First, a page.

Note: This review is written by a cricket journalist and not a movie critic
A major difficulty that stems in making a commercial film on sports personalities in India is the necessity for the filmmakers to please all its stakeholders. A few months back, Azhar, the biopic of Mohammad Azharuddin, failed to deliver an impartial, and all-encompassing representation of the beleaguered former India captain, rather giving a fanboy account of the cricketer.
But when Neeraj Pandey, who previously directed critically acclaimed movies like A Wednesday and Special 26, decided to direct a biopic on India’s greatest captain ever MS Dhoni, it seemed as if the audiences would finally be served with a realistic and objective account of the cricketer’s life story.
But much like Azhar, the opening credits of MS Dhoni – The Untold Story, mentions the film only taking inspiration from Dhoni’s life, and not being a biography of the cricketer.
The first-half is where Neeraj Pandey and his team deserves all the credit. The movie stands out before the interval, detailing extremely well-crafted snippets about Dhoni’s younger days. So much so that at the interval, you are left asking for more.
It’s the second half which is the culprit to what could have been a great movie.
It seems as if the filmmakers suddenly realized in the second half that the audiences aren’t only made of cricket experts, and that they also need to appeal to the ‘masala-loving’ masses of the country. And that’s where the movie falls flat on its face.
Two romantic angles (one of which is unknown to public) in the second half bore you enough that I even yawned on a couple of occasions. I believe the filmmakers took this liberty since the movie talks about the ‘untold’ aspects of Dhoni’s life.
Wouldn’t it have been better if, in the second half, the writers of the movie focused more on how Dhoni, the hard-hitting batsman, turned into the calm strategist and leader?
We could have been told about instances when he first met his idol, Sachin Tendulkar, or his conversation with Virender Sehwag on his way to 148 at Vizag. Or how he felt when he was handed the captaincy at a young age. Infact, becoming the captain was a critical phase in Dhoni’s career, and it does not find a mention in the movie.
Or even why he gave Joginder Sharma that final over in the 2007 World Cup, or even some little-known insights from the dressing rooms. These are things the audiences crave for.
Having said that, the movie is an extremely well-intentioned attempt to bring to light the story behind MS Dhoni’s spectacular journey from being a talented small-town boy with big dreams, to a World Cup winning India captain.
And Sushant Singh Rajput is outstanding in his portrayal of the former India Test captain. He nails all of MS Dhoni’s mannerisms to absolute perfection, and it’s so accurate that I got goose bumps on various occasions while watching the film, especially the scene where Sushant walks out to bat in the 2011 World Cup final.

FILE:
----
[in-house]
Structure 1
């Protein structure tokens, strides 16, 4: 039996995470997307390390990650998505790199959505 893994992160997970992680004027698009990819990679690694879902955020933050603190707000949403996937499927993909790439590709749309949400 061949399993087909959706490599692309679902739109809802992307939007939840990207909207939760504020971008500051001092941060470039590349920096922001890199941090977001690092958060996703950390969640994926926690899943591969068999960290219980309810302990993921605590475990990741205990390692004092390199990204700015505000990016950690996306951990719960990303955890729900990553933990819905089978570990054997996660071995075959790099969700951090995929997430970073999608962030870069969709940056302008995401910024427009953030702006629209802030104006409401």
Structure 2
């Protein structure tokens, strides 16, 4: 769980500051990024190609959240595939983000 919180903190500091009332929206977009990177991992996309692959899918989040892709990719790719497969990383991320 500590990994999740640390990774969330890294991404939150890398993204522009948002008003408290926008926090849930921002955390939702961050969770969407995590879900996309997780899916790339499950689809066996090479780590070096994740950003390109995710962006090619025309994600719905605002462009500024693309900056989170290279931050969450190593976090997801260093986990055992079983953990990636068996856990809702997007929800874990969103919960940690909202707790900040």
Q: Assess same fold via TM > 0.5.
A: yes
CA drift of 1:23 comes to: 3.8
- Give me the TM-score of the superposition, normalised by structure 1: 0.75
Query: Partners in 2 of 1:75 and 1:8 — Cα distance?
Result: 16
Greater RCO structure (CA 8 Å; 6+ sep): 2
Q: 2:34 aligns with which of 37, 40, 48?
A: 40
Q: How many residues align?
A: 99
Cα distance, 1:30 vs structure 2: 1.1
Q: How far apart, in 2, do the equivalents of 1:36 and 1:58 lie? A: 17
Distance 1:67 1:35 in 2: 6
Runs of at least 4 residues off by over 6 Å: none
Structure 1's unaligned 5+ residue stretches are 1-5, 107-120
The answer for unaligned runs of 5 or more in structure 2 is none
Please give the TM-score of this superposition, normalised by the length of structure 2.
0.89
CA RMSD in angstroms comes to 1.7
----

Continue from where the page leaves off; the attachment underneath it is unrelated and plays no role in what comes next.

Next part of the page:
The Bihari accent, the Dhoni gait, the helicopter shot, the adjustment of his jersey before facing a delivery – it’s executed with precision by Sushant. Also, MS Dhoni’s love for bikes, army prints, and leather jackets is well evident from the movie, also revealing the meticulous research that has gone behind making the film.
The movie also talks as much about people behind making Dhoni the man he is today, as it does about the cricketer.
His journey is like any other little boy in a small town. He has a father (played brilliantly by Anupam Kher), who wants his kid to focus on studies and settle for a safe job, rather than making a career in sports. A loving mother who supports him no matter what, and an elder sister (played by Bhoomika Chawla) who acts more as a friend to him.
There is also a sports teacher in his school (played by Rajesh Sharma), who is the first person to recognize Dhoni’s potential as a ‘natural’ wicket-keeper, as well as a bunch of supportive friends, who stand behind him in his struggling days.
Talking about the cricketing sequences on the movie - it’s extremely well presented with real footage from all matches used.
There’s a cricketing sequence in the movie that stands out where a young Yuvraj Singh (played by Harry Tangri), smashes a triple ton against MS Dhoni’s Bihar in the final of the Cooch Behar Trophy. Tangri is frighteningly similar to a 19-year old Yuvraj, and is seen having exchanges with Dhoni akin to his flamboyant personality, which is well portrayed in that scene.
Coming to music, the songs are soothing and have been kept to a minimum and efforts have been made that they don’t affect the narrative of the film, but even then they seemed a bit of a drag. The three-hour and five-minute long length also makes the movie a patience-testing exercise.
But having said that, the movie is a must watch for all cricket loving audience as well as the ardent MS Dhoni fans, who would love to know the story behind the making of the cricketer. For the rest, they can give it a one-time watch, just for the superb work put in by Sushant Singh in his portrayal of MS Dhoni.
It’d give MS Dhoni – An Untold Story a rating of 3 out of 5.